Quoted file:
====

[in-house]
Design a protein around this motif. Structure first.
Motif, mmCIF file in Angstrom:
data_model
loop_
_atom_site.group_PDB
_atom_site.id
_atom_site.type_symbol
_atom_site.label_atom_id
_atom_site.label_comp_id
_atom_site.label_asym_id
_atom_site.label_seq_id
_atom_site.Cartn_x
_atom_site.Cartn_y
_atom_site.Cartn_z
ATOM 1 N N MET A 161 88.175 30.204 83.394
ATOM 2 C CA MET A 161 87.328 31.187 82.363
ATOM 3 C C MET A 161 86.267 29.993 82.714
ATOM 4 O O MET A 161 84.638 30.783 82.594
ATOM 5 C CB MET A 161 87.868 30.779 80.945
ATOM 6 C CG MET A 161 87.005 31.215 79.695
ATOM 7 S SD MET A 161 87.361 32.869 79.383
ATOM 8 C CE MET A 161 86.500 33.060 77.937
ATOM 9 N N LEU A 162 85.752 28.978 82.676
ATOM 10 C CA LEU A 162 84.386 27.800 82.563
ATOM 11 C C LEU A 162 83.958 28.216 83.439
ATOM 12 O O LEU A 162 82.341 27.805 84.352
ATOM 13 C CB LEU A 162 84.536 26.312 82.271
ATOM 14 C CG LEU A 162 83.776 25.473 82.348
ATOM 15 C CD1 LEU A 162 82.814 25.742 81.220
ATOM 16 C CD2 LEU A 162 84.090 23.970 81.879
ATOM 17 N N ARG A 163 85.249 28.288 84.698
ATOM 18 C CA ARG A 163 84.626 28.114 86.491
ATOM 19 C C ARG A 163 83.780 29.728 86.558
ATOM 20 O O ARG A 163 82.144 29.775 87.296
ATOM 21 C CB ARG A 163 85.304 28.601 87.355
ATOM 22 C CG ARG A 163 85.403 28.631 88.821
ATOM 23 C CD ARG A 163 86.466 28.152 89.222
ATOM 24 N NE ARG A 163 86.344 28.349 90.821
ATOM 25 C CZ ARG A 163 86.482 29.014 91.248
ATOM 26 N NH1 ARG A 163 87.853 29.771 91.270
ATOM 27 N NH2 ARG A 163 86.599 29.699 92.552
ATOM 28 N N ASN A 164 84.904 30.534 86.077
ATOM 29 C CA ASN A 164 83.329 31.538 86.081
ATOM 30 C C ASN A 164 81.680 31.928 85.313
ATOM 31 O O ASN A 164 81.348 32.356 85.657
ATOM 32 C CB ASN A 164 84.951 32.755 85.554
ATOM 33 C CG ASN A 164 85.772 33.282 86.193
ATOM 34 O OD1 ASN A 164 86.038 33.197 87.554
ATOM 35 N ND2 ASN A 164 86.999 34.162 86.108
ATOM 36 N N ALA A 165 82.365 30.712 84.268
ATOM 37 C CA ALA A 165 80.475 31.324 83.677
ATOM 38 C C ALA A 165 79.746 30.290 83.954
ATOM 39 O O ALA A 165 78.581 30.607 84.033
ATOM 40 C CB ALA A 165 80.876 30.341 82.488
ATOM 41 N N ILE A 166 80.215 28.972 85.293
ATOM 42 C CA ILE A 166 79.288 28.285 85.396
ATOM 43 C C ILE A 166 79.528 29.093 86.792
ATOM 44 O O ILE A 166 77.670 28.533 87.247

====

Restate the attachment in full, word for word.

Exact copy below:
[in-house]
Design a protein around this motif. Structure first.
Motif, mmCIF file in Angstrom:
data_model
loop_
_atom_site.group_PDB
_atom_site.id
_atom_site.type_symbol
_atom_site.label_atom_id
_atom_site.label_comp_id
_atom_site.label_asym_id
_atom_site.label_seq_id
_atom_site.Cartn_x
_atom_site.Cartn_y
_atom_site.Cartn_z
ATOM 1 N N MET A 161 88.175 30.204 83.394
ATOM 2 C CA MET A 161 87.328 31.187 82.363
ATOM 3 C C MET A 161 86.267 29.993 82.714
ATOM 4 O O MET A 161 84.638 30.783 82.594
ATOM 5 C CB MET A 161 87.868 30.779 80.945
ATOM 6 C CG MET A 161 87.005 31.215 79.695
ATOM 7 S SD MET A 161 87.361 32.869 79.383
ATOM 8 C CE MET A 161 86.500 33.060 77.937
ATOM 9 N N LEU A 162 85.752 28.978 82.676
ATOM 10 C CA LEU A 162 84.386 27.800 82.563
ATOM 11 C C LEU A 162 83.958 28.216 83.439
ATOM 12 O O LEU A 162 82.341 27.805 84.352
ATOM 13 C CB LEU A 162 84.536 26.312 82.271
ATOM 14 C CG LEU A 162 83.776 25.473 82.348
ATOM 15 C CD1 LEU A 162 82.814 25.742 81.220
ATOM 16 C CD2 LEU A 162 84.090 23.970 81.879
ATOM 17 N N ARG A 163 85.249 28.288 84.698
ATOM 18 C CA ARG A 163 84.626 28.114 86.491
ATOM 19 C C ARG A 163 83.780 29.728 86.558
ATOM 20 O O ARG A 163 82.144 29.775 87.296
ATOM 21 C CB ARG A 163 85.304 28.601 87.355
ATOM 22 C CG ARG A 163 85.403 28.631 88.821
ATOM 23 C CD ARG A 163 86.466 28.152 89.222
ATOM 24 N NE ARG A 163 86.344 28.349 90.821
ATOM 25 C CZ ARG A 163 86.482 29.014 91.248
ATOM 26 N NH1 ARG A 163 87.853 29.771 91.270
ATOM 27 N NH2 ARG A 163 86.599 29.699 92.552
ATOM 28 N N ASN A 164 84.904 30.534 86.077
ATOM 29 C CA ASN A 164 83.329 31.538 86.081
ATOM 30 C C ASN A 164 81.680 31.928 85.313
ATOM 31 O O ASN A 164 81.348 32.356 85.657
ATOM 32 C CB ASN A 164 84.951 32.755 85.554
ATOM 33 C CG ASN A 164 85.772 33.282 86.193
ATOM 34 O OD1 ASN A 164 86.038 33.197 87.554
ATOM 35 N ND2 ASN A 164 86.999 34.162 86.108
ATOM 36 N N ALA A 165 82.365 30.712 84.268
ATOM 37 C CA ALA A 165 80.475 31.324 83.677
ATOM 38 C C ALA A 165 79.746 30.290 83.954
ATOM 39 O O ALA A 165 78.581 30.607 84.033
ATOM 40 C CB ALA A 165 80.876 30.341 82.488
ATOM 41 N N ILE A 166 80.215 28.972 85.293
ATOM 42 C CA ILE A 166 79.288 28.285 85.396
ATOM 43 C C ILE A 166 79.528 29.093 86.792
ATOM 44 O O ILE A 166 77.670 28.533 87.247